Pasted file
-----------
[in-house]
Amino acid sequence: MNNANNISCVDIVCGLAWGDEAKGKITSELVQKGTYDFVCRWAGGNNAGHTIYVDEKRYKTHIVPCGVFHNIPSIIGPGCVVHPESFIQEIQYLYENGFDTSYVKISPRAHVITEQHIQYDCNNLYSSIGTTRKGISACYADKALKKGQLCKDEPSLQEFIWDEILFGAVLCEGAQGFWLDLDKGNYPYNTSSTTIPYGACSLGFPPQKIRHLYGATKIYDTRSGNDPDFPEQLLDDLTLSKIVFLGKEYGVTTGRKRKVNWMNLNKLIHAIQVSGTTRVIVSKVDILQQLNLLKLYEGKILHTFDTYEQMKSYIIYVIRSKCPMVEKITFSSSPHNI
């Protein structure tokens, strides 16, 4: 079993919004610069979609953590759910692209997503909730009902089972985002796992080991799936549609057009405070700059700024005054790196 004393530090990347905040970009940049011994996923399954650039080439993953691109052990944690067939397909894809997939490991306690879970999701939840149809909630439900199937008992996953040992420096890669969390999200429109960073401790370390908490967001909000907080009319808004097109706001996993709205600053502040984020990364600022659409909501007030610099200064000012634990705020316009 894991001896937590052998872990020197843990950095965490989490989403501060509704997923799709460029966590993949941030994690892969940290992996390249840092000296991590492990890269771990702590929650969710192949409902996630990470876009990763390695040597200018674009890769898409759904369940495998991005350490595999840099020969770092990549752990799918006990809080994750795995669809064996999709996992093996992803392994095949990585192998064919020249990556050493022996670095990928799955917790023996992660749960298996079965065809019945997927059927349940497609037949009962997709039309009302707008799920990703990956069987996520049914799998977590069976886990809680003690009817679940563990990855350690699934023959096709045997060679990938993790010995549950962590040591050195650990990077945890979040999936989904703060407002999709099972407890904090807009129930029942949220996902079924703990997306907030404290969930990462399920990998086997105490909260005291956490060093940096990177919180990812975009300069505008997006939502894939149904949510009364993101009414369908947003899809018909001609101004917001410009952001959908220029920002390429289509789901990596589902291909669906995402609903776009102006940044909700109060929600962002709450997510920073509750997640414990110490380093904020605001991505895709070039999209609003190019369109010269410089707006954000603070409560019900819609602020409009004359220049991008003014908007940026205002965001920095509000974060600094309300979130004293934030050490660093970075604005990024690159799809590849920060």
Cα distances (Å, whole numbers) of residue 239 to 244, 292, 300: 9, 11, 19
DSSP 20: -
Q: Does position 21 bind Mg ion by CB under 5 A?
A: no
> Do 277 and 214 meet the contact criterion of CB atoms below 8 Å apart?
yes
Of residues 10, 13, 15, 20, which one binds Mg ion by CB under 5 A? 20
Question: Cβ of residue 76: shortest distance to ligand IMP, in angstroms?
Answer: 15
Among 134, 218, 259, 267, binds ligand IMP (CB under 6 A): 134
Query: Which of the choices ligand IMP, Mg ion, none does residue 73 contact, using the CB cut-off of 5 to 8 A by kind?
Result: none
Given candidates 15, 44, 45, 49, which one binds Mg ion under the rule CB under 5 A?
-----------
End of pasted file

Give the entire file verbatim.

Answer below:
[in-house]
Amino acid sequence: MNNANNISCVDIVCGLAWGDEAKGKITSELVQKGTYDFVCRWAGGNNAGHTIYVDEKRYKTHIVPCGVFHNIPSIIGPGCVVHPESFIQEIQYLYENGFDTSYVKISPRAHVITEQHIQYDCNNLYSSIGTTRKGISACYADKALKKGQLCKDEPSLQEFIWDEILFGAVLCEGAQGFWLDLDKGNYPYNTSSTTIPYGACSLGFPPQKIRHLYGATKIYDTRSGNDPDFPEQLLDDLTLSKIVFLGKEYGVTTGRKRKVNWMNLNKLIHAIQVSGTTRVIVSKVDILQQLNLLKLYEGKILHTFDTYEQMKSYIIYVIRSKCPMVEKITFSSSPHNI
């Protein structure tokens, strides 16, 4: 079993919004610069979609953590759910692209997503909730009902089972985002796992080991799936549609057009405070700059700024005054790196 004393530090990347905040970009940049011994996923399954650039080439993953691109052990944690067939397909894809997939490991306690879970999701939840149809909630439900199937008992996953040992420096890669969390999200429109960073401790370390908490967001909000907080009319808004097109706001996993709205600053502040984020990364600022659409909501007030610099200064000012634990705020316009 894991001896937590052998872990020197843990950095965490989490989403501060509704997923799709460029966590993949941030994690892969940290992996390249840092000296991590492990890269771990702590929650969710192949409902996630990470876009990763390695040597200018674009890769898409759904369940495998991005350490595999840099020969770092990549752990799918006990809080994750795995669809064996999709996992093996992803392994095949990585192998064919020249990556050493022996670095990928799955917790023996992660749960298996079965065809019945997927059927349940497609037949009962997709039309009302707008799920990703990956069987996520049914799998977590069976886990809680003690009817679940563990990855350690699934023959096709045997060679990938993790010995549950962590040591050195650990990077945890979040999936989904703060407002999709099972407890904090807009129930029942949220996902079924703990997306907030404290969930990462399920990998086997105490909260005291956490060093940096990177919180990812975009300069505008997006939502894939149904949510009364993101009414369908947003899809018909001609101004917001410009952001959908220029920002390429289509789901990596589902291909669906995402609903776009102006940044909700109060929600962002709450997510920073509750997640414990110490380093904020605001991505895709070039999209609003190019369109010269410089707006954000603070409560019900819609602020409009004359220049991008003014908007940026205002965001920095509000974060600094309300979130004293934030050490660093970075604005990024690159799809590849920060």
Cα distances (Å, whole numbers) of residue 239 to 244, 292, 300: 9, 11, 19
DSSP 20: -
Q: Does position 21 bind Mg ion by CB under 5 A?
A: no
> Do 277 and 214 meet the contact criterion of CB atoms below 8 Å apart?
yes
Of residues 10, 13, 15, 20, which one binds Mg ion by CB under 5 A? 20
Question: Cβ of residue 76: shortest distance to ligand IMP, in angstroms?
Answer: 15
Among 134, 218, 259, 267, binds ligand IMP (CB under 6 A): 134
Query: Which of the choices ligand IMP, Mg ion, none does residue 73 contact, using the CB cut-off of 5 to 8 A by kind?
Result: none
Given candidates 15, 44, 45, 49, which one binds Mg ion under the rule CB under 5 A?